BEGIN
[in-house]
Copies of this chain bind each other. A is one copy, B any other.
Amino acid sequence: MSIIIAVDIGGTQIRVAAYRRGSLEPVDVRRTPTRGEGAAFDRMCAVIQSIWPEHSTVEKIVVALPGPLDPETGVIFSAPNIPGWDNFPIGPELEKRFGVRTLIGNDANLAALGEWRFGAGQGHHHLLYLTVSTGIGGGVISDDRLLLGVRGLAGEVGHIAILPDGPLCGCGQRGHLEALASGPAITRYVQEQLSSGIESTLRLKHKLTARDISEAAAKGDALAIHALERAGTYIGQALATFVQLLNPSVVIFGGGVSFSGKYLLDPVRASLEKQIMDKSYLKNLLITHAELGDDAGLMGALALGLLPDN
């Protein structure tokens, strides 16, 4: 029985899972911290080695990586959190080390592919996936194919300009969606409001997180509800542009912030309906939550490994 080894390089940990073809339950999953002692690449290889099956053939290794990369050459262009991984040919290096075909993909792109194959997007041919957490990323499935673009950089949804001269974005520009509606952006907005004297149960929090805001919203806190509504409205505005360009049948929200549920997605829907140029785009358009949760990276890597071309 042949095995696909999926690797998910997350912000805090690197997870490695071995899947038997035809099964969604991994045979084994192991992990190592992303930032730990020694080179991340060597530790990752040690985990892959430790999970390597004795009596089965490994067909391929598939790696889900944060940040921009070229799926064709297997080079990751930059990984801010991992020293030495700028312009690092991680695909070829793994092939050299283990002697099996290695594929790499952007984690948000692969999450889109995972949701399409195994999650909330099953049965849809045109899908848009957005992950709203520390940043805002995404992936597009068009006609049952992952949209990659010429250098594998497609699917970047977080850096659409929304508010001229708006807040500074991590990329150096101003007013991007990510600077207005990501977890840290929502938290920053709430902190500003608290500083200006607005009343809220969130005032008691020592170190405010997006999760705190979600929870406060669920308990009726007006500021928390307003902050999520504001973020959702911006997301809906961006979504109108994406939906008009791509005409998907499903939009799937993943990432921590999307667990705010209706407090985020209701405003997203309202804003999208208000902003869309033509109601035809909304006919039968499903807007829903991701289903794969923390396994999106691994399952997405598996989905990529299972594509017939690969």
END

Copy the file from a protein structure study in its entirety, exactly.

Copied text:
[in-house]
Copies of this chain bind each other. A is one copy, B any other.
Amino acid sequence: MSIIIAVDIGGTQIRVAAYRRGSLEPVDVRRTPTRGEGAAFDRMCAVIQSIWPEHSTVEKIVVALPGPLDPETGVIFSAPNIPGWDNFPIGPELEKRFGVRTLIGNDANLAALGEWRFGAGQGHHHLLYLTVSTGIGGGVISDDRLLLGVRGLAGEVGHIAILPDGPLCGCGQRGHLEALASGPAITRYVQEQLSSGIESTLRLKHKLTARDISEAAAKGDALAIHALERAGTYIGQALATFVQLLNPSVVIFGGGVSFSGKYLLDPVRASLEKQIMDKSYLKNLLITHAELGDDAGLMGALALGLLPDN
């Protein structure tokens, strides 16, 4: 029985899972911290080695990586959190080390592919996936194919300009969606409001997180509800542009912030309906939550490994 080894390089940990073809339950999953002692690449290889099956053939290794990369050459262009991984040919290096075909993909792109194959997007041919957490990323499935673009950089949804001269974005520009509606952006907005004297149960929090805001919203806190509504409205505005360009049948929200549920997605829907140029785009358009949760990276890597071309 042949095995696909999926690797998910997350912000805090690197997870490695071995899947038997035809099964969604991994045979084994192991992990190592992303930032730990020694080179991340060597530790990752040690985990892959430790999970390597004795009596089965490994067909391929598939790696889900944060940040921009070229799926064709297997080079990751930059990984801010991992020293030495700028312009690092991680695909070829793994092939050299283990002697099996290695594929790499952007984690948000692969999450889109995972949701399409195994999650909330099953049965849809045109899908848009957005992950709203520390940043805002995404992936597009068009006609049952992952949209990659010429250098594998497609699917970047977080850096659409929304508010001229708006807040500074991590990329150096101003007013991007990510600077207005990501977890840290929502938290920053709430902190500003608290500083200006607005009343809220969130005032008691020592170190405010997006999760705190979600929870406060669920308990009726007006500021928390307003902050999520504001973020959702911006997301809906961006979504109108994406939906008009791509005409998907499903939009799937993943990432921590999307667990705010209706407090985020209701405003997203309202804003999208208000902003869309033509109601035809909304006919039968499903807007829903991701289903794969923390396994999106691994399952997405598996989905990529299972594509017939690969």